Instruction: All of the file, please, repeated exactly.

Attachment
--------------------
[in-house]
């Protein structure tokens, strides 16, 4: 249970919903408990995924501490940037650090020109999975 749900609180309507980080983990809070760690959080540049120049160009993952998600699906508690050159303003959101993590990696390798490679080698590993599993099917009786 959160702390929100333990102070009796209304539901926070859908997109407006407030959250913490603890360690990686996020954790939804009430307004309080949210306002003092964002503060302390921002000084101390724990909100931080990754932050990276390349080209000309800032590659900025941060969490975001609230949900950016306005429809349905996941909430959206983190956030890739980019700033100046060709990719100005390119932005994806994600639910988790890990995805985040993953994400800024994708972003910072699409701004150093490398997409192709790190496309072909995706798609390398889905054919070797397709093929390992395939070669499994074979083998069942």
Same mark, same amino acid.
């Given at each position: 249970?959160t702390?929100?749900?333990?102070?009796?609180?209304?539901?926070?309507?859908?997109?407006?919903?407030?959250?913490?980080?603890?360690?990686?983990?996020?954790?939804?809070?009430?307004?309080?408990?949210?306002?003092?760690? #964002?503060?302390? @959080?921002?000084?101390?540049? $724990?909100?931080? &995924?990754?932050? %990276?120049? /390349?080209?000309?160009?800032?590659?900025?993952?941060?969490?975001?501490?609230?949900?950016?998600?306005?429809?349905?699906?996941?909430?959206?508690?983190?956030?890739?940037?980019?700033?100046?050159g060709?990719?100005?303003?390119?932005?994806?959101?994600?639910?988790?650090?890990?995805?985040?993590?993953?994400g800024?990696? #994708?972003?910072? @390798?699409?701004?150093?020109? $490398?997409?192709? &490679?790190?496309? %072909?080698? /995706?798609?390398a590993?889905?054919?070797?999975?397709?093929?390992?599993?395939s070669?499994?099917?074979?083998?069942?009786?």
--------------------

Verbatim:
[in-house]
């Protein structure tokens, strides 16, 4: 249970919903408990995924501490940037650090020109999975 749900609180309507980080983990809070760690959080540049120049160009993952998600699906508690050159303003959101993590990696390798490679080698590993599993099917009786 959160702390929100333990102070009796209304539901926070859908997109407006407030959250913490603890360690990686996020954790939804009430307004309080949210306002003092964002503060302390921002000084101390724990909100931080990754932050990276390349080209000309800032590659900025941060969490975001609230949900950016306005429809349905996941909430959206983190956030890739980019700033100046060709990719100005390119932005994806994600639910988790890990995805985040993953994400800024994708972003910072699409701004150093490398997409192709790190496309072909995706798609390398889905054919070797397709093929390992395939070669499994074979083998069942």
Same mark, same amino acid.
């Given at each position: 249970?959160t702390?929100?749900?333990?102070?009796?609180?209304?539901?926070?309507?859908?997109?407006?919903?407030?959250?913490?980080?603890?360690?990686?983990?996020?954790?939804?809070?009430?307004?309080?408990?949210?306002?003092?760690? #964002?503060?302390? @959080?921002?000084?101390?540049? $724990?909100?931080? &995924?990754?932050? %990276?120049? /390349?080209?000309?160009?800032?590659?900025?993952?941060?969490?975001?501490?609230?949900?950016?998600?306005?429809?349905?699906?996941?909430?959206?508690?983190?956030?890739?940037?980019?700033?100046?050159g060709?990719?100005?303003?390119?932005?994806?959101?994600?639910?988790?650090?890990?995805?985040?993590?993953?994400g800024?990696? #994708?972003?910072? @390798?699409?701004?150093?020109? $490398?997409?192709? &490679?790190?496309? %072909?080698? /995706?798609?390398a590993?889905?054919?070797?999975?397709?093929?390992?599993?395939s070669?499994?099917?074979?083998?069942?009786?």